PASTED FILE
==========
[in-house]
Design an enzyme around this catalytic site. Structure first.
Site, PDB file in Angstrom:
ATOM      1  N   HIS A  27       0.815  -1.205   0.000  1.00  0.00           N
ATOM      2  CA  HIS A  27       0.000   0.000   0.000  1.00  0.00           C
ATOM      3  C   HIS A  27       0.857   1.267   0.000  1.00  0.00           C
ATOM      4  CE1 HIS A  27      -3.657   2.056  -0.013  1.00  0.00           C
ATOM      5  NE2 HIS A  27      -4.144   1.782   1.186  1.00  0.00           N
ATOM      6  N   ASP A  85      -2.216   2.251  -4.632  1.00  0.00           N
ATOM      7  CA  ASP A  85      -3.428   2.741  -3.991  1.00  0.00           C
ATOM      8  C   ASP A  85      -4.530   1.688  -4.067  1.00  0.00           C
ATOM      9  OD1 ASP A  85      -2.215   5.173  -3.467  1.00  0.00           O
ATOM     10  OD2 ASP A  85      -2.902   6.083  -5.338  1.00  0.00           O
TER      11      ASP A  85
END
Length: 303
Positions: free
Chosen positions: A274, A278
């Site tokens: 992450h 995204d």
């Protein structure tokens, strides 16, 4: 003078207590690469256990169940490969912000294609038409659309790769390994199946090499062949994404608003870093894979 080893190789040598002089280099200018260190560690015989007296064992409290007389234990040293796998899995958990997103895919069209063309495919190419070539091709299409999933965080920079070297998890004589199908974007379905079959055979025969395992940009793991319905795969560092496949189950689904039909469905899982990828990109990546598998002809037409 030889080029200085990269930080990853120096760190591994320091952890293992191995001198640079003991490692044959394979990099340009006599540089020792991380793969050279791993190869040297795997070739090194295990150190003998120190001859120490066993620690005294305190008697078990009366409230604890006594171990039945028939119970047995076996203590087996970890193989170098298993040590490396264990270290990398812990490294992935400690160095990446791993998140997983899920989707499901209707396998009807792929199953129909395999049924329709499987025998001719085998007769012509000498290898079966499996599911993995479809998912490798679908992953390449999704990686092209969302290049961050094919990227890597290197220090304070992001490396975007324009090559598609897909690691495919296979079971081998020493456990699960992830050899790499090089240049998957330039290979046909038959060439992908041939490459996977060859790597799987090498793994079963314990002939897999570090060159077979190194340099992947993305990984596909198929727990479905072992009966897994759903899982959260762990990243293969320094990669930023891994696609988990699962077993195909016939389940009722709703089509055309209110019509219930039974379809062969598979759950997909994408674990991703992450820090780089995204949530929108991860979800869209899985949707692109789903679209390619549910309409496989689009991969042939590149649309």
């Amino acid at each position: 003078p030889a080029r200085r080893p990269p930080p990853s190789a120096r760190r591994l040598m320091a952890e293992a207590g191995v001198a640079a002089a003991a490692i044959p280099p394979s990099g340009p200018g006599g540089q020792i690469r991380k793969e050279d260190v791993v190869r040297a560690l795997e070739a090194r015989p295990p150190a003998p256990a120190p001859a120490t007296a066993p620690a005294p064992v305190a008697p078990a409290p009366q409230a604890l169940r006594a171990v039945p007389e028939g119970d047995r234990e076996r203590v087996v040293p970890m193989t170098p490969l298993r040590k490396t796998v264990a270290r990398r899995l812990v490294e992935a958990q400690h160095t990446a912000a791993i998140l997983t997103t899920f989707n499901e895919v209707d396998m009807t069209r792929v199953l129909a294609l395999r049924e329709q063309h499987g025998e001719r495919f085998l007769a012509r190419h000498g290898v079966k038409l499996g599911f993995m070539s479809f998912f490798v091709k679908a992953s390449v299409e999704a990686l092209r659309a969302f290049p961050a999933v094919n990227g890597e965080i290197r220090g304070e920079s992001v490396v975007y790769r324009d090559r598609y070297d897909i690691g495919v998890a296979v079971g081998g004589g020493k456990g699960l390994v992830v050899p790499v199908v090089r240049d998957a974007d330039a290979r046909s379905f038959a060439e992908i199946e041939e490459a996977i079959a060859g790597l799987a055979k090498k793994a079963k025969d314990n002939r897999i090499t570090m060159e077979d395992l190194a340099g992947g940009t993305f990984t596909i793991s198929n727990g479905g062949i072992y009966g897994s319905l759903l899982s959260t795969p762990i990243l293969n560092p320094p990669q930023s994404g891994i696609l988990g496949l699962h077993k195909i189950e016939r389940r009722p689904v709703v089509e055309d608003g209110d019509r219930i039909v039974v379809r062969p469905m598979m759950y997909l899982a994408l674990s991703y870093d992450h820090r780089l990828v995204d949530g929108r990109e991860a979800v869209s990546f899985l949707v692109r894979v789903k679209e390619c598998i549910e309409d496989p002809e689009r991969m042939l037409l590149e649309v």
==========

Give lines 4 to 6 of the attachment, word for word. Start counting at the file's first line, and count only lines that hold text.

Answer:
ATOM      1  N   HIS A  27       0.815  -1.205   0.000  1.00  0.00           N
ATOM      2  CA  HIS A  27       0.000   0.000   0.000  1.00  0.00           C
ATOM      3  C   HIS A  27       0.857   1.267   0.000  1.00  0.00           C